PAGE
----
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Here’s a compiled list of apps that is useful for school and everyday life. 

Note-taking

Paid apps:

  • Notability ($4.98 fav!)  
  • Goodnotes ($8.98 best for handwritten notes)
  • Noteshelf ($5.99)
  • Writepad ($7.99)

Free apps:

  • Evernote (fav!)
  • Keynote
  • Penultimate
  • Paper by 53
  • Bamboo Paper
  • Pages (iOS only)
  • Papyrus (Android only)
  • Google Drive
  • Microsoft Onenote
  • Simplenote
  • Somnote (100MB of free cloud storage for every account)
  • Catch Notes

Calendars

Paid apps:

  • Fantastical 2 for iPhone ($4.99)
  • Calendars 5 ($6.99)
  • Agenda Calendar 4 ($2.58)
  • Clear ($4.99 only for iOS)

Free apps:

  • CalenMob (fav!)
  • Cal 
  • Google Calendar
  • Sunrise Calendar
  • Tempo
  • Horizon Calendar
  • SolCalendar (Android only)
  • WAVE

Clock/ Time Tracker

  • Forest: Stay Focused, Stop Phubbing (fav fav fav fav fav)
  • Day Box (countdown app) 
  • ColorClock
  • Fiqlo ($1.28)
  • Rise ($1.99)
  • Timely Alarm Clock
  • My Alarm Clock Free
  • Alarmy
  • Wake Alarm Clock

To-Do Lists

Paid apps:

  • Carrot ($1.99)
  • Todoist ($30/yr)

Free apps:

  • Any.Do
  • Google Keep (Android only)
  • Wunderlist

Flashcards

Paid apps:

  • Flashcards Deluxe ($3.99)

Free apps:

  • Evernote Peek
  • AnkiApp
  • Flashcardlet
  • STUDYBLUE
  • Flashcards +
  • Flashcards+ by Chegg
  • Cram
  • Quizlet

Languages

Free apps:

  • Memrise (fav!)
  • Duolingo
  • AnkiApp
  • Busuu
  • Google Translate
  • Dictionary Online 

SATs

Paid apps:

  • SAT Vocab Challenge for iPhone ($5)
  • SAT Connect ($9.99 for Apple, marked down from $24.99 :O )
  • Adapster (math- $9.99 on Apple)
  • Kaplan Portable SAT ($5.99)

Free apps:

  • SAT Up (fav!)
  • The Official SAT Question of the Day (Collegeboard!)
  • SAT Prep & College Search
  • SAT Vocab by Mindsnacks
  • IntelliVocab lite
  • Princeton Review’s SAT Score Quest for iPad
  • Kaplan SAT Flashcubes (free)
  • Flash of Genius: SAT Vocab ($1 Android, free on Apple)
  • ACT/SAT Math Booster (Free, Android)
  • SAT Challenge By The Princeton Review
  • English Vocabulary Flashcards Exambusters

Study Guides

  • iTunesU 
  • CliffsNotes Study Guides
  • Khan Academy

Music

  • Spotify (fav!)
  • 8tracks
  • Soundcloud
  • Pandora
  • Google Play Music
  • Vevo
  • iHeartRadio
  • Tidal
  • Shazam
  • Garageband
  • Sound Trap
  • Songza
  • Rdio
  • Youtube

Videos

  • BrainPOP Featured Movie
  • VideoScience
  • Khan Academy
  • TED Talks
  • Youtube

News

  • Yahoo News Digest (fav!)
  • The New York Times
  • NYT Now
  • BBC
  • CNN
  • Al Jazeera English
  • Circa News
  • AP Mobile
  • Flipboard
  • Google Currents
  • Buzzfeed
  • Pocket: Save Articles and Videos to View Later
  • reddit AMA - Ask Me Anything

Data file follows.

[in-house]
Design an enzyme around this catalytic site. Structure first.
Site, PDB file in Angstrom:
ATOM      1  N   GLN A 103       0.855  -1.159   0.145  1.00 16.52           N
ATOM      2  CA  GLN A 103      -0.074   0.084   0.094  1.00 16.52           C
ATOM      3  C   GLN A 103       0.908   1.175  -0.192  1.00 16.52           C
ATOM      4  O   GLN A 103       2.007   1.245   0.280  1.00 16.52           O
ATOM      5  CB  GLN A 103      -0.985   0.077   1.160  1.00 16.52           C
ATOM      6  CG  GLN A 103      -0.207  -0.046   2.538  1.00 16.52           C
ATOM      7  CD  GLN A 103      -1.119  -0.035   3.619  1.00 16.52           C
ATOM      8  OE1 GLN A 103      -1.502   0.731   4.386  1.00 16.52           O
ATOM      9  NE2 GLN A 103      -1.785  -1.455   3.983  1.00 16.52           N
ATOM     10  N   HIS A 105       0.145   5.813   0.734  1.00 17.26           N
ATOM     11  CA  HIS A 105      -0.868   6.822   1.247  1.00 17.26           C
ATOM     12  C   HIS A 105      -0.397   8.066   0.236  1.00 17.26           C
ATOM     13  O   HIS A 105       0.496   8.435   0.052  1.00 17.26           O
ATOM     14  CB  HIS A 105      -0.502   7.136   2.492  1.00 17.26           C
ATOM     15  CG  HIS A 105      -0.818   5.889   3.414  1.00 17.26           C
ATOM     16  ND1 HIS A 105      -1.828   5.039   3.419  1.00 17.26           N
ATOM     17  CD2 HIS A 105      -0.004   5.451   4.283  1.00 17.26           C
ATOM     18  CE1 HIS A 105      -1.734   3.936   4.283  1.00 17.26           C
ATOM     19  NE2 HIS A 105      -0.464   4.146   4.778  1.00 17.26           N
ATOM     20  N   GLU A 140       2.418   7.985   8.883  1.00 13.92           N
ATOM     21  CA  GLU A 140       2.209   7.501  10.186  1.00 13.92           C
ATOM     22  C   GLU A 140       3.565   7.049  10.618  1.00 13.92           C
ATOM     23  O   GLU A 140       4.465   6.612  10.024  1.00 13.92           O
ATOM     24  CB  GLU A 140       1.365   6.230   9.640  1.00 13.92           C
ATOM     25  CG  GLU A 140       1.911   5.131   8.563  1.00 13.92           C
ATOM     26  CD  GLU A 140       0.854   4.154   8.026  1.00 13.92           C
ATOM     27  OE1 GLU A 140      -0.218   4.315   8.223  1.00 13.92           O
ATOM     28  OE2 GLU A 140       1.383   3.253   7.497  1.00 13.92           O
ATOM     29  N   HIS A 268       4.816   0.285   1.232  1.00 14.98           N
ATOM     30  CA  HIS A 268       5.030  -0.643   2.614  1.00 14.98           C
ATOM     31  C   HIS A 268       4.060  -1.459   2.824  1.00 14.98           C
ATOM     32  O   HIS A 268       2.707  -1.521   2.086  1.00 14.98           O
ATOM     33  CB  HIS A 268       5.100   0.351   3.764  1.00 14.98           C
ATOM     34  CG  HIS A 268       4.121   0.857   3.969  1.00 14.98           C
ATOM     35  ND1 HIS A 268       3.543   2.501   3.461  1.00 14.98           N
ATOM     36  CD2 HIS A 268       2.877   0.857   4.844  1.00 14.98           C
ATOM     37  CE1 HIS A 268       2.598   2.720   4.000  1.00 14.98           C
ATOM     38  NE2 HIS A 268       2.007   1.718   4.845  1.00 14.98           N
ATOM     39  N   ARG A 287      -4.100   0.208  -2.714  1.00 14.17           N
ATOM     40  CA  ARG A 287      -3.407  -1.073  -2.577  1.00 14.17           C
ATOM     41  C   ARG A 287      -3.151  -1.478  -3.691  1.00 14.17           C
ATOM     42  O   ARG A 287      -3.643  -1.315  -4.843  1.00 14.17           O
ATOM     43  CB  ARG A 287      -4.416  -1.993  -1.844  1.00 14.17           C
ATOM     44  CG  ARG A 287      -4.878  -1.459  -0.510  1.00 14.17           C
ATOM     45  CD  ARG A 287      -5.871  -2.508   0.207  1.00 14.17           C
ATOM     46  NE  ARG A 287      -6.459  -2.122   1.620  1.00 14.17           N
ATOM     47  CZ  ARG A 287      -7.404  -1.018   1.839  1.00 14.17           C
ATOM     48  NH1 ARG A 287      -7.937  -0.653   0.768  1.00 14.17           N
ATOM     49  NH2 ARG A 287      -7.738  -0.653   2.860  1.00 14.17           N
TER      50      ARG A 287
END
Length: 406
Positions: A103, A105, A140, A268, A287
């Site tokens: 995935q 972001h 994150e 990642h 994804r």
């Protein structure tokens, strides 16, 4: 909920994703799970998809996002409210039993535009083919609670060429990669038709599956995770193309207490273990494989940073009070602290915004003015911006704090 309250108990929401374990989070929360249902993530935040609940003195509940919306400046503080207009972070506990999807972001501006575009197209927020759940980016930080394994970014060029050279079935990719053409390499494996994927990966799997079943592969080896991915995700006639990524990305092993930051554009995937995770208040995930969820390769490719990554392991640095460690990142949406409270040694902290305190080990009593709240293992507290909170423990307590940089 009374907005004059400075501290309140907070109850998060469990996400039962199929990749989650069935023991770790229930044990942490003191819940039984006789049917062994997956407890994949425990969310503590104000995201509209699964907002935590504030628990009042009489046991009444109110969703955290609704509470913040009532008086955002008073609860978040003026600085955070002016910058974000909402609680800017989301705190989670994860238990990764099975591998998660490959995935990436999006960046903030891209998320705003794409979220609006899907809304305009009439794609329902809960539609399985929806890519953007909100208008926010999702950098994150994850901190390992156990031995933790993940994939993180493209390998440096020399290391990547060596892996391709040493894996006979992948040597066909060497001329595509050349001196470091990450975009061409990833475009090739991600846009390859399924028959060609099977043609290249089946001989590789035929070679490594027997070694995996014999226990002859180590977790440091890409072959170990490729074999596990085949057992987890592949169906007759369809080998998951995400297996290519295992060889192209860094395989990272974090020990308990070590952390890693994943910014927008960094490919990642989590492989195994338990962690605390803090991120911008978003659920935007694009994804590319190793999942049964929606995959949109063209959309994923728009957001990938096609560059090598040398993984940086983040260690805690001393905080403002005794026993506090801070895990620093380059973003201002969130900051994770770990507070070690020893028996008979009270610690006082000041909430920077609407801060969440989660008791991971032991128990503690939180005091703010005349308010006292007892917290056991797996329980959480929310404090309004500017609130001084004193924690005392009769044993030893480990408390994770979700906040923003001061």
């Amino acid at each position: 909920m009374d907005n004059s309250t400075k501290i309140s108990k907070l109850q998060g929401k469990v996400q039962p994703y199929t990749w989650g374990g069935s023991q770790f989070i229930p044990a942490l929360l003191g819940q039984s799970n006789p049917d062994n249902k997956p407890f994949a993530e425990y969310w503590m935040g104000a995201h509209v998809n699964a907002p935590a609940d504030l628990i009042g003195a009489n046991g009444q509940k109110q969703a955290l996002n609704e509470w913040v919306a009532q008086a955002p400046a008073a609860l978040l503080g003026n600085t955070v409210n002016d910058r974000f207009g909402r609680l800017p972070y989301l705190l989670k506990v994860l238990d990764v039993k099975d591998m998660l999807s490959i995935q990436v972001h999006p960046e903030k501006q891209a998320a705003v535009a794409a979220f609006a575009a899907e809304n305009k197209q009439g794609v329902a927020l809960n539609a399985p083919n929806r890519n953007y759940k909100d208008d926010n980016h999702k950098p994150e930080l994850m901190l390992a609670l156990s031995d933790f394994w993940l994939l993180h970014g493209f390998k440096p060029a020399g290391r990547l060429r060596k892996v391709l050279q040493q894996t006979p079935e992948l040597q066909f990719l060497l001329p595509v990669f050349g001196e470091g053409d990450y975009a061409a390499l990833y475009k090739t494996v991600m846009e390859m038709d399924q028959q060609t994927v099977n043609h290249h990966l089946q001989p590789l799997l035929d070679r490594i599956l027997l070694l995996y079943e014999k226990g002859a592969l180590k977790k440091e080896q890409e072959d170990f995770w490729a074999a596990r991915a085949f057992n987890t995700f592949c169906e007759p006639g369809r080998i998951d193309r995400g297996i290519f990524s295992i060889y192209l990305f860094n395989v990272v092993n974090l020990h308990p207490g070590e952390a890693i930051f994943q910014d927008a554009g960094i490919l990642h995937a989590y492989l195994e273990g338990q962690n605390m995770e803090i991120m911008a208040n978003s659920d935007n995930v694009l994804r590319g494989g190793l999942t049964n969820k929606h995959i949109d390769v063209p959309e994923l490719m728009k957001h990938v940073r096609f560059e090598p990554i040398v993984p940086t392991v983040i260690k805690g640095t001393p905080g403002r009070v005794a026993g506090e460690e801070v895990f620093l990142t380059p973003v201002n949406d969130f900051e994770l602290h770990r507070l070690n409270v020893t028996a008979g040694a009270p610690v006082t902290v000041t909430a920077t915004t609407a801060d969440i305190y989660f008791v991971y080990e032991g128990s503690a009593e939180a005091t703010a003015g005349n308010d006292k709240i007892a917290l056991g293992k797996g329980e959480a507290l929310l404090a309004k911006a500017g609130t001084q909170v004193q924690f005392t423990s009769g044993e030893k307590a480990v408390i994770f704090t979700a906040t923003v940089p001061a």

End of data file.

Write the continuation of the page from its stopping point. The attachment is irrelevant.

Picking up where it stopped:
• Digg

Books

  • iBooks
  • Scribd ($8.99/mo)
  • Kindle
  • Kobo
  • Google Play Books
  • Nook
  • Ebook Reader
  • Wattpad (contrary to popular opinions, there are many great books)

Relaxation/ Stress Relief

Workout:

  • Nike + Running (fav!)
  • Workout Trainer
  • Runtastic Six Pack Abs
  • FitStar
  • Runtastic Six Pack Abs
  • Johnson & Johnson Official 7 Minute Workout App

Random:

  • Earthlapse ($0.99)
  • Sing! Karaoke by Smule
  • Yoga Relax
  • iBonsai
  • Zen Bound
  • Sheep Counter
  • White Noise
  • Just Rain

Games to stimulate your mind:

  • 1010!
  • 2048
  • Tsum Tsum
  • Blek

I have not tried most of the paid apps, please download at your own discretion :)

3

June 1st 1921: Tulsa riot

On this day in 1921, the black district of Tulsa, Oklahoma, was destroyed by a white mob. The Greenwood district of Tulsa had one of the most affluent black communities in the United States at this time, earning the nickname ‘Black Wall Street’. On May 30th 1921, a young black man called Dick Rowland rode in an elevator with a white woman; false rumours swirled in the white community that Rowland had attempted to assault her. Rowland was arrested on May 31st, and sensationalist newsaper coverage of the incident fuelled talk of lynching. This led to a confrontation between white and black mobs outside the courthouse, which resulted in a gun being discharged, sparking violence. The following day, June 1st, the Greenwood District was looted and burned by white rioters. The governor declared martial law, and National Guard troops were called to quell the violence. Law enforcement officials imprisoned black Tulsans, with over 6,000 people held for days on end; most white rioters, in contrast, were not arrested. In the wake of the violence, 35 city blocks lay in ruins, thousands of African-Americans were left homeless, and over 800 people had been injured. The dead were buried in mass graves, with the toll initially placed at 36, but revised by a 2001 report which rose the estimation to 300 fatalities. This report, which recommended paying reparations to the survivors and victims’ families, was part of a concerted effort in recent years to end the silence about the event. The scale of the violence was covered up at the time, and the incident was omitted from state and national histories. The Tulsa riot was one of a number of attempted ‘racial cleansings’ by white mobs against black communities in the United States, which had the tacit support of law enforcement and government. It is vital that this event, which saw white mobs destroy an entire black neighborhood, is remembered and placed in the long narrative of systemic racism in the United States.